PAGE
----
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1  The Gathering / Our Place / Re: Updates on: April 25, 2016, 06:11:46 am
 yippie
2  Stone Talk / Moderator, Hummingbirdstones ( Robin ) / Rough on the bench and slabs off the saw (general minerals board) / Re: Plasma Agate on: April 11, 2016, 05:31:47 pm
These form in faults and are extremely variable. We have similar rough here in Washington . It starts as a listwanite  in a fault ( the listwanite has a series of precursor rocks as well) and it becomes more silicified with each additional  soaking in hydrothermal solutions. Listwanites are brittle and fracture easily making easy paths for metal bearing hydrothermal fluids but  it is usually well healed when found in the field. The scientists call the green quartz a fibrous calcedony like chrysoprase. Rarely it gets to a point that it turns red. We find lots of boulders in the streams that follow the faults but we also have it in cliffs that defy rock tools. I could see people using dynamite on it in frustration but with it's inherent brittleness not a good idea.There are probably geological reports for the area giving the average metal content. One mountain of it up here is about 1% mercury.
3  Stone Talk / Moderator, Hummingbirdstones ( Robin ) / Rough on the bench and slabs off the saw (general minerals board) / Re: Any clue as to what this is? Coprolite? Youngite? on: April 11, 2016, 05:21:28 pm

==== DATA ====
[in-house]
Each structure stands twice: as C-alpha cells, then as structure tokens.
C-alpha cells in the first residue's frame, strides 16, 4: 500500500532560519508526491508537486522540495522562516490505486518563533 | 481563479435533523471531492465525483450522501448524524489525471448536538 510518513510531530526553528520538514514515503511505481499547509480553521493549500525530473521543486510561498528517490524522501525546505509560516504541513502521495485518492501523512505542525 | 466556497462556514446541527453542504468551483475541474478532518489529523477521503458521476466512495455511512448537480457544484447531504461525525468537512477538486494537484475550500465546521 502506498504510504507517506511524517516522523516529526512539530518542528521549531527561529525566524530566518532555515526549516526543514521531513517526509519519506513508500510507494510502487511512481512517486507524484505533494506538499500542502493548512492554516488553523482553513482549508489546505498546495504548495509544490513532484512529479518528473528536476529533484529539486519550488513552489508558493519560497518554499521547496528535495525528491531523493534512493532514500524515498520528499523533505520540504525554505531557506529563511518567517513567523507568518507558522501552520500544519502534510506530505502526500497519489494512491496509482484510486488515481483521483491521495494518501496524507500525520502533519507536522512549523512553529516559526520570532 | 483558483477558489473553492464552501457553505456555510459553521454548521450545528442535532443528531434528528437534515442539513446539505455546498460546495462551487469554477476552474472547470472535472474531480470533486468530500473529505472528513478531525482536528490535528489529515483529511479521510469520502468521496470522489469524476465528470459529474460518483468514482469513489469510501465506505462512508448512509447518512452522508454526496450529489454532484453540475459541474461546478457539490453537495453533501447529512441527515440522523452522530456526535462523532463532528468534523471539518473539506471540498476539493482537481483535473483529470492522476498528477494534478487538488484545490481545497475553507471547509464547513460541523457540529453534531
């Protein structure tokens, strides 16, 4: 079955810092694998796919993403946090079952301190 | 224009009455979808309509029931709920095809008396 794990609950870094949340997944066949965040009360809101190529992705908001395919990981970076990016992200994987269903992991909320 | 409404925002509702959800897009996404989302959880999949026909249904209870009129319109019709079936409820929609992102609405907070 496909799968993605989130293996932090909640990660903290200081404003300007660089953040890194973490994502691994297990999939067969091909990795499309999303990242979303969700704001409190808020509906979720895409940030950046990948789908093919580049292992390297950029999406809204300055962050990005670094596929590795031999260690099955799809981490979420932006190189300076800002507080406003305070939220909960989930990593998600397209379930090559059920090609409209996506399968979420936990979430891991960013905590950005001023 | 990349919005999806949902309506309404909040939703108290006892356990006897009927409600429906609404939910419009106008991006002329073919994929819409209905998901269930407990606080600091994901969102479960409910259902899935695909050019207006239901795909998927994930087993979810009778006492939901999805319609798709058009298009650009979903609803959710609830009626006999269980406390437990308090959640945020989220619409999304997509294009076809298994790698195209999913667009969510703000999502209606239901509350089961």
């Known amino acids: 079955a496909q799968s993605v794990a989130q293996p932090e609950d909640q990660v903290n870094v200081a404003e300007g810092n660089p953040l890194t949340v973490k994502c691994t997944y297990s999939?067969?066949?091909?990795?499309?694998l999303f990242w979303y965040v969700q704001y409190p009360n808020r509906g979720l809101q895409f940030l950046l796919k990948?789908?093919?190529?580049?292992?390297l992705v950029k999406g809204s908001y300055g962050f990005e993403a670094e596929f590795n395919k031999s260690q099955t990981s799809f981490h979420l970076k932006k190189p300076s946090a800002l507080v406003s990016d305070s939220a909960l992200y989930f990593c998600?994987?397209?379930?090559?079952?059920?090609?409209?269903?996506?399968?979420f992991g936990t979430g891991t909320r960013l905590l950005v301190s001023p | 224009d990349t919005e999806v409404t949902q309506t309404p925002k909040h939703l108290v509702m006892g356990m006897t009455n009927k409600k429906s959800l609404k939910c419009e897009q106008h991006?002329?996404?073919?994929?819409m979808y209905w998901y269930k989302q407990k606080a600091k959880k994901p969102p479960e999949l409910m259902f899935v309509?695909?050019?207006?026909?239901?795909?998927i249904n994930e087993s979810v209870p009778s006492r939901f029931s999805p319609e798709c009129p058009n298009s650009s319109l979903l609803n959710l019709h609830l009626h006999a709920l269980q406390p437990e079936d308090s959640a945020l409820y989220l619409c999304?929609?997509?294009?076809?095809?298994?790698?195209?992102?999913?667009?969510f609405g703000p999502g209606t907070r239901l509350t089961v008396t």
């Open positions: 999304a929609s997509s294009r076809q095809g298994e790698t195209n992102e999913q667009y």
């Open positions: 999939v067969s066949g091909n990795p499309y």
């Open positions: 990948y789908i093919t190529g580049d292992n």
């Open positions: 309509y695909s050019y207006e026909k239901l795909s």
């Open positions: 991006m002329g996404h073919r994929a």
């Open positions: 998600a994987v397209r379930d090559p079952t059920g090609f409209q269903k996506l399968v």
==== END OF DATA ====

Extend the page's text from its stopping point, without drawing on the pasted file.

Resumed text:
That looks a bit off for youngite. A California geode possibly.
4  Creative Stone Works / Moderator, Michael Hoover / Beadmaking, Drilling, and Beading / Tutorials / Re: Imperial Jasper pendant on: April 11, 2016, 12:53:57 pm
Very striking! I have been doing polychrome pendants lately and they also demand big because of the pattern . Lots of work on the big ones but certain people really like the size and statement.
5  The Gathering / Our Place / Re: anybody know what this is on: April 06, 2016, 10:22:18 pm
Thanks guys , that has been on the tip of my tongue since I read this post earlier.
6  Stone Talk / Moderator, Hummingbirdstones ( Robin ) / Rough on the bench and slabs off the saw (general minerals board) / Re: Burned by baked carnelian? Bummer! on: April 06, 2016, 06:20:43 am
Finished product as the color does not go in far typically. It then needs to be repolished.
7  Stone Talk / Moderator, Hummingbirdstones ( Robin ) / Rough on the bench and slabs off the saw (general minerals board) / Re: Hornitos Poppy Jasper on: April 04, 2016, 07:51:16 pm
That is an enviable piece of rock! Hornitos is very special.
8  Stone Talk / Moderator, Hummingbirdstones ( Robin ) / Rough on the bench and slabs off the saw (general minerals board) / Re: Burned by baked carnelian? Bummer! on: April 03, 2016, 07:46:01 pm
Some folks like togo to 550 F. You  must remember that the color may not penetrate far into the stone. Carnelian beads in India were traditionally "burned" 5 times starting with the rough and ending with the burning of the finished bead or cab. The early burnings were not for color but to slightly soften the rough  at each of the preforming stages. They have made carnelian beads for over 3,000 years and have made untold amounts. A lot of people soak the carnelian slabs in muriatic acid with iron nails in it for a month to add more iron to the quite porous agate. The
Germans were very good at this and they dried the agates in a warm dry environment for 3 months before burning them  to red.
9  Stone Talk / Moderator, Hummingbirdstones ( Robin ) / Rough on the bench and slabs off the saw (general minerals board) / Re: Burned by baked carnelian? Bummer! on: April 03, 2016, 03:38:29 pm
You can cut and heat treat this natural carnelian.